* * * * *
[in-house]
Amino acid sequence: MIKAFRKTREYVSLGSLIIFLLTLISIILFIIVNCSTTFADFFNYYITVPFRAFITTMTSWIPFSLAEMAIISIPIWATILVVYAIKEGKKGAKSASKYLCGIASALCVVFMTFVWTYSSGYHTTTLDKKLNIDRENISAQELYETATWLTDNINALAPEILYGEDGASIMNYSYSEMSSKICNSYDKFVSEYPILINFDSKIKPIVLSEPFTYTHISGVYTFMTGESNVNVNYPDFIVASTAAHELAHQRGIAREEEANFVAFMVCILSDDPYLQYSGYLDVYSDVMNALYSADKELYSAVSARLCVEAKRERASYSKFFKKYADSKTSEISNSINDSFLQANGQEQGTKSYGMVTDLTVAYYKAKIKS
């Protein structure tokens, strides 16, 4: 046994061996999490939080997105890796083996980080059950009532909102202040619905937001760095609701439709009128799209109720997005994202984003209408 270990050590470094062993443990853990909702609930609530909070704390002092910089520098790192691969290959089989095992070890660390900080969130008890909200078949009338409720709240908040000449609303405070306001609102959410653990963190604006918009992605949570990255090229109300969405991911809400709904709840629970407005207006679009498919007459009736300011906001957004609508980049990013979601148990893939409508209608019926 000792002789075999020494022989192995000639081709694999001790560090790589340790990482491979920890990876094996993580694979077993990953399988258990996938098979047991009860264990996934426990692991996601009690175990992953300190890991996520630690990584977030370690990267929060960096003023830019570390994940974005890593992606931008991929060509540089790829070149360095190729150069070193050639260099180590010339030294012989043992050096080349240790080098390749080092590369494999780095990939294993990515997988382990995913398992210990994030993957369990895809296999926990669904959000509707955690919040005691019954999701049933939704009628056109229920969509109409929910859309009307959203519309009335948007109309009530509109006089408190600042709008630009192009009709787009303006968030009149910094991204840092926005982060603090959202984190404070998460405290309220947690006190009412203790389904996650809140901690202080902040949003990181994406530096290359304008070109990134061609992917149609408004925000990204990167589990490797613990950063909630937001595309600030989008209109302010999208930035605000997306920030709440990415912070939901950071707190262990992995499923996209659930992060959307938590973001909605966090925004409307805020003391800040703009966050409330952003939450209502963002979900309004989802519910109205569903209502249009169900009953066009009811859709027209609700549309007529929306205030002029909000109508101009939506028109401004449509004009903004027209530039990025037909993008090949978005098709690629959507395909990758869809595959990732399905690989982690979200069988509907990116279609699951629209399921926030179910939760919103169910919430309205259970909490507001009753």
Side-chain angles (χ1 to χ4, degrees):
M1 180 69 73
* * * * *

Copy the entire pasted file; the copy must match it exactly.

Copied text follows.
[in-house]
Amino acid sequence: MIKAFRKTREYVSLGSLIIFLLTLISIILFIIVNCSTTFADFFNYYITVPFRAFITTMTSWIPFSLAEMAIISIPIWATILVVYAIKEGKKGAKSASKYLCGIASALCVVFMTFVWTYSSGYHTTTLDKKLNIDRENISAQELYETATWLTDNINALAPEILYGEDGASIMNYSYSEMSSKICNSYDKFVSEYPILINFDSKIKPIVLSEPFTYTHISGVYTFMTGESNVNVNYPDFIVASTAAHELAHQRGIAREEEANFVAFMVCILSDDPYLQYSGYLDVYSDVMNALYSADKELYSAVSARLCVEAKRERASYSKFFKKYADSKTSEISNSINDSFLQANGQEQGTKSYGMVTDLTVAYYKAKIKS
């Protein structure tokens, strides 16, 4: 046994061996999490939080997105890796083996980080059950009532909102202040619905937001760095609701439709009128799209109720997005994202984003209408 270990050590470094062993443990853990909702609930609530909070704390002092910089520098790192691969290959089989095992070890660390900080969130008890909200078949009338409720709240908040000449609303405070306001609102959410653990963190604006918009992605949570990255090229109300969405991911809400709904709840629970407005207006679009498919007459009736300011906001957004609508980049990013979601148990893939409508209608019926 000792002789075999020494022989192995000639081709694999001790560090790589340790990482491979920890990876094996993580694979077993990953399988258990996938098979047991009860264990996934426990692991996601009690175990992953300190890991996520630690990584977030370690990267929060960096003023830019570390994940974005890593992606931008991929060509540089790829070149360095190729150069070193050639260099180590010339030294012989043992050096080349240790080098390749080092590369494999780095990939294993990515997988382990995913398992210990994030993957369990895809296999926990669904959000509707955690919040005691019954999701049933939704009628056109229920969509109409929910859309009307959203519309009335948007109309009530509109006089408190600042709008630009192009009709787009303006968030009149910094991204840092926005982060603090959202984190404070998460405290309220947690006190009412203790389904996650809140901690202080902040949003990181994406530096290359304008070109990134061609992917149609408004925000990204990167589990490797613990950063909630937001595309600030989008209109302010999208930035605000997306920030709440990415912070939901950071707190262990992995499923996209659930992060959307938590973001909605966090925004409307805020003391800040703009966050409330952003939450209502963002979900309004989802519910109205569903209502249009169900009953066009009811859709027209609700549309007529929306205030002029909000109508101009939506028109401004449509004009903004027209530039990025037909993008090949978005098709690629959507395909990758869809595959990732399905690989982690979200069988509907990116279609699951629209399921926030179910939760919103169910919430309205259970909490507001009753």
Side-chain angles (χ1 to χ4, degrees):
M1 180 69 73